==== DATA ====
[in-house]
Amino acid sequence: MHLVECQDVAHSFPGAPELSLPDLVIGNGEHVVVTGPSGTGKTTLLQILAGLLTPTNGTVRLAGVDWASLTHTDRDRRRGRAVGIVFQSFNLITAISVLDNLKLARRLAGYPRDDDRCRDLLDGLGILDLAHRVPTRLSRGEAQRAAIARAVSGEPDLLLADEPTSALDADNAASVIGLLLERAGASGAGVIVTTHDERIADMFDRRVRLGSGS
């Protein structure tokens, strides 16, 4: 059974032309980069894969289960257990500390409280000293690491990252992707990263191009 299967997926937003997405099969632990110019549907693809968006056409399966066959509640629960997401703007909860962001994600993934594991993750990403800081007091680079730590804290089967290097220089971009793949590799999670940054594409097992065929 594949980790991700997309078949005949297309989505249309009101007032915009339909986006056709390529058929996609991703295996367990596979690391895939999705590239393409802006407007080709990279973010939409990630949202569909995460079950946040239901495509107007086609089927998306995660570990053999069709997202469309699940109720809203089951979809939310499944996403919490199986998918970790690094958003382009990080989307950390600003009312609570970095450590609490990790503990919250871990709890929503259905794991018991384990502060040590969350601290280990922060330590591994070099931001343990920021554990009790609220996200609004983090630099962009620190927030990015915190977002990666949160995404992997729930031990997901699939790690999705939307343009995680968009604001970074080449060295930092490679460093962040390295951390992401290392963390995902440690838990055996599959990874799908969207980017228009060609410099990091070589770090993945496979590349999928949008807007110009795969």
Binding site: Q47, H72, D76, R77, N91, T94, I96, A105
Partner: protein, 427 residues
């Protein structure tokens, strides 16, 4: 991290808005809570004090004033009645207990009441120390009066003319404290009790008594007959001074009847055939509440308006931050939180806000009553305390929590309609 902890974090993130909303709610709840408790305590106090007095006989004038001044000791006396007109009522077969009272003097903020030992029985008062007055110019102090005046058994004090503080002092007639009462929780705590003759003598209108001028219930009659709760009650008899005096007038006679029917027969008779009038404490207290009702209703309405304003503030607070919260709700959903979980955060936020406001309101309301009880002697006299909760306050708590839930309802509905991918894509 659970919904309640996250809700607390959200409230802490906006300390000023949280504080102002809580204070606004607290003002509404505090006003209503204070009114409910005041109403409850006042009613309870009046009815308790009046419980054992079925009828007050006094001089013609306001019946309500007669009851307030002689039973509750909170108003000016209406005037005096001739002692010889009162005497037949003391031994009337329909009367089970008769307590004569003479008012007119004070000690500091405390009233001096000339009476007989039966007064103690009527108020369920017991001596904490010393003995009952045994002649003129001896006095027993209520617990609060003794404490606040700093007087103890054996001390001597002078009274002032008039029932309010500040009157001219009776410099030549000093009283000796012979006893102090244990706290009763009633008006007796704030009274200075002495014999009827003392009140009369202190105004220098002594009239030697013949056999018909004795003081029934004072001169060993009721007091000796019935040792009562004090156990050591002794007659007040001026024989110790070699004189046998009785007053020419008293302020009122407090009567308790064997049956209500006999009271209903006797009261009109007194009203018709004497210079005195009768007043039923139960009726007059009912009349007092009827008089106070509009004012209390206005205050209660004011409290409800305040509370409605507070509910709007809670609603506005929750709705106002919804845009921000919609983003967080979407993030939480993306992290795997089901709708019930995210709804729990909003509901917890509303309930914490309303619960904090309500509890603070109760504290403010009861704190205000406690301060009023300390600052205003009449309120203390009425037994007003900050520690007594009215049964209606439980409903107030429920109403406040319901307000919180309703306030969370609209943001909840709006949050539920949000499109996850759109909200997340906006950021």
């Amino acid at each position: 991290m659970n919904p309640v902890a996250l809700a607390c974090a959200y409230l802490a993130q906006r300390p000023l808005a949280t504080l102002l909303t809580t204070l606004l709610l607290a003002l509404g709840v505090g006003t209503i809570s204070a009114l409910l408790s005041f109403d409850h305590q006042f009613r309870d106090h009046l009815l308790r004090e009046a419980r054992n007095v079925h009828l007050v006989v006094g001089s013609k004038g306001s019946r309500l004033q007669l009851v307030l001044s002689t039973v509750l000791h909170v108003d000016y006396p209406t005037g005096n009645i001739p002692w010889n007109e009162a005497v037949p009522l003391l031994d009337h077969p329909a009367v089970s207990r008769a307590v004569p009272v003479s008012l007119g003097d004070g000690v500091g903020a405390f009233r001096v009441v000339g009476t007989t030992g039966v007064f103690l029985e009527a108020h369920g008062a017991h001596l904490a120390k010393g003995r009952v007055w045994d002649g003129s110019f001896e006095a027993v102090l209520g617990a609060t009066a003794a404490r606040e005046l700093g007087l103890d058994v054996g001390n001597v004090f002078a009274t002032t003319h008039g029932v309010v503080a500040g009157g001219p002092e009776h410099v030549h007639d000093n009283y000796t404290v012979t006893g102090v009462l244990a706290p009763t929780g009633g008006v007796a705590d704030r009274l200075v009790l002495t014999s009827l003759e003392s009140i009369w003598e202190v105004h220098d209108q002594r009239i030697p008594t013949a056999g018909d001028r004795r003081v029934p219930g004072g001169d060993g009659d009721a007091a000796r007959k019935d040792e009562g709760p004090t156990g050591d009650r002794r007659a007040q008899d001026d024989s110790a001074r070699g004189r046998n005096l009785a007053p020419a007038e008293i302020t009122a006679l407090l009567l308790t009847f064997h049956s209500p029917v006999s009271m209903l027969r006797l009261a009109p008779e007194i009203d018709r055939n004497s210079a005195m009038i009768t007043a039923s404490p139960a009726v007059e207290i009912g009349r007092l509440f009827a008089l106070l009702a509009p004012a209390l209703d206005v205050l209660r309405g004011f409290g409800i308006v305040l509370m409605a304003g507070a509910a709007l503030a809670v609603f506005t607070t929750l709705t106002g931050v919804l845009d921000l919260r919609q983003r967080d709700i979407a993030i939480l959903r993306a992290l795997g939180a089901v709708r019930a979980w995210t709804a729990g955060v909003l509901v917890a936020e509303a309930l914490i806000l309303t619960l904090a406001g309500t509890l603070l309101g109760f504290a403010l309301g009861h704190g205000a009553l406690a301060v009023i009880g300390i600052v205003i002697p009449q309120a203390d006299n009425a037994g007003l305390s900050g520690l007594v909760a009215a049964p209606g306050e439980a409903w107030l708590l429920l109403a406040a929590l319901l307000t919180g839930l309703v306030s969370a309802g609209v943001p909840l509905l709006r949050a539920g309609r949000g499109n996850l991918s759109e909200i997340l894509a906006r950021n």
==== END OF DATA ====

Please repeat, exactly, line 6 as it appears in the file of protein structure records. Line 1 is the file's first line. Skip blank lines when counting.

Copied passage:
């Protein structure tokens, strides 16, 4: 991290808005809570004090004033009645207990009441120390009066003319404290009790008594007959001074009847055939509440308006931050939180806000009553305390929590309609 902890974090993130909303709610709840408790305590106090007095006989004038001044000791006396007109009522077969009272003097903020030992029985008062007055110019102090005046058994004090503080002092007639009462929780705590003759003598209108001028219930009659709760009650008899005096007038006679029917027969008779009038404490207290009702209703309405304003503030607070919260709700959903979980955060936020406001309101309301009880002697006299909760306050708590839930309802509905991918894509 659970919904309640996250809700607390959200409230802490906006300390000023949280504080102002809580204070606004607290003002509404505090006003209503204070009114409910005041109403409850006042009613309870009046009815308790009046419980054992079925009828007050006094001089013609306001019946309500007669009851307030002689039973509750909170108003000016209406005037005096001739002692010889009162005497037949003391031994009337329909009367089970008769307590004569003479008012007119004070000690500091405390009233001096000339009476007989039966007064103690009527108020369920017991001596904490010393003995009952045994002649003129001896006095027993209520617990609060003794404490606040700093007087103890054996001390001597002078009274002032008039029932309010500040009157001219009776410099030549000093009283000796012979006893102090244990706290009763009633008006007796704030009274200075002495014999009827003392009140009369202190105004220098002594009239030697013949056999018909004795003081029934004072001169060993009721007091000796019935040792009562004090156990050591002794007659007040001026024989110790070699004189046998009785007053020419008293302020009122407090009567308790064997049956209500006999009271209903006797009261009109007194009203018709004497210079005195009768007043039923139960009726007059009912009349007092009827008089106070509009004012209390206005205050209660004011409290409800305040509370409605507070509910709007809670609603506005929750709705106002919804845009921000919609983003967080979407993030939480993306992290795997089901709708019930995210709804729990909003509901917890509303309930914490309303619960904090309500509890603070109760504290403010009861704190205000406690301060009023300390600052205003009449309120203390009425037994007003900050520690007594009215049964209606439980409903107030429920109403406040319901307000919180309703306030969370609209943001909840709006949050539920949000499109996850759109909200997340906006950021």